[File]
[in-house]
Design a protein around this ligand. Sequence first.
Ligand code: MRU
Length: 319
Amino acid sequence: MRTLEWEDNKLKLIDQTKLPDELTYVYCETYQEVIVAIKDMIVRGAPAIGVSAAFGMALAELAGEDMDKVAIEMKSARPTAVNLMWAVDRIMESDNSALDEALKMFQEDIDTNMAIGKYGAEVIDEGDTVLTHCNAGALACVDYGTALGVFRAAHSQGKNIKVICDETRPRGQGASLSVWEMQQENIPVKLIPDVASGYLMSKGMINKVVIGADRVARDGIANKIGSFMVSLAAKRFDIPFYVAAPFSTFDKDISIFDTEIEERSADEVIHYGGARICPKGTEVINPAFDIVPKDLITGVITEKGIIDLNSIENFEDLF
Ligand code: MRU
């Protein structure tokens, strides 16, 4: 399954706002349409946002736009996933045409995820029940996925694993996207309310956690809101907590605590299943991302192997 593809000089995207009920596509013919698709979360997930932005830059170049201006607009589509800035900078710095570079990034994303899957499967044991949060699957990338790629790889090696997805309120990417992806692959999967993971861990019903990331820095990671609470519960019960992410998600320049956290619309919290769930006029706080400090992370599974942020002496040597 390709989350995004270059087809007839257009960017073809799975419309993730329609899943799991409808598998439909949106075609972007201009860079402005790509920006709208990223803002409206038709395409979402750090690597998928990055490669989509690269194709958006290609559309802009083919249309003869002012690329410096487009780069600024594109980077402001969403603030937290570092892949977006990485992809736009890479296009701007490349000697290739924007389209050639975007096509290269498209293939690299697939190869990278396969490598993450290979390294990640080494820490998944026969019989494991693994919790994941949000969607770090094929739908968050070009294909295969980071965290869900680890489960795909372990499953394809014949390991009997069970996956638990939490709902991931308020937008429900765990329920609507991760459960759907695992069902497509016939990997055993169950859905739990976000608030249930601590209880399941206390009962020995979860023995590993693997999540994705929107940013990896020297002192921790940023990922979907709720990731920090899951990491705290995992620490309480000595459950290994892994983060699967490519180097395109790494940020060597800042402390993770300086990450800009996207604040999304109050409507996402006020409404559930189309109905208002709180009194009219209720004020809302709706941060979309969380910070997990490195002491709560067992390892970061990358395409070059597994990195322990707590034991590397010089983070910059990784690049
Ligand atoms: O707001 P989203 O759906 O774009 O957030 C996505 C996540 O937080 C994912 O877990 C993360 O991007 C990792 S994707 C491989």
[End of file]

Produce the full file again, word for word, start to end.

[in-house]
Design a protein around this ligand. Sequence first.
Ligand code: MRU
Length: 319
Amino acid sequence: MRTLEWEDNKLKLIDQTKLPDELTYVYCETYQEVIVAIKDMIVRGAPAIGVSAAFGMALAELAGEDMDKVAIEMKSARPTAVNLMWAVDRIMESDNSALDEALKMFQEDIDTNMAIGKYGAEVIDEGDTVLTHCNAGALACVDYGTALGVFRAAHSQGKNIKVICDETRPRGQGASLSVWEMQQENIPVKLIPDVASGYLMSKGMINKVVIGADRVARDGIANKIGSFMVSLAAKRFDIPFYVAAPFSTFDKDISIFDTEIEERSADEVIHYGGARICPKGTEVINPAFDIVPKDLITGVITEKGIIDLNSIENFEDLF
Ligand code: MRU
């Protein structure tokens, strides 16, 4: 399954706002349409946002736009996933045409995820029940996925694993996207309310956690809101907590605590299943991302192997 593809000089995207009920596509013919698709979360997930932005830059170049201006607009589509800035900078710095570079990034994303899957499967044991949060699957990338790629790889090696997805309120990417992806692959999967993971861990019903990331820095990671609470519960019960992410998600320049956290619309919290769930006029706080400090992370599974942020002496040597 390709989350995004270059087809007839257009960017073809799975419309993730329609899943799991409808598998439909949106075609972007201009860079402005790509920006709208990223803002409206038709395409979402750090690597998928990055490669989509690269194709958006290609559309802009083919249309003869002012690329410096487009780069600024594109980077402001969403603030937290570092892949977006990485992809736009890479296009701007490349000697290739924007389209050639975007096509290269498209293939690299697939190869990278396969490598993450290979390294990640080494820490998944026969019989494991693994919790994941949000969607770090094929739908968050070009294909295969980071965290869900680890489960795909372990499953394809014949390991009997069970996956638990939490709902991931308020937008429900765990329920609507991760459960759907695992069902497509016939990997055993169950859905739990976000608030249930601590209880399941206390009962020995979860023995590993693997999540994705929107940013990896020297002192921790940023990922979907709720990731920090899951990491705290995992620490309480000595459950290994892994983060699967490519180097395109790494940020060597800042402390993770300086990450800009996207604040999304109050409507996402006020409404559930189309109905208002709180009194009219209720004020809302709706941060979309969380910070997990490195002491709560067992390892970061990358395409070059597994990195322990707590034991590397010089983070910059990784690049
Ligand atoms: O707001 P989203 O759906 O774009 O957030 C996505 C996540 O937080 C994912 O877990 C993360 O991007 C990792 S994707 C491989």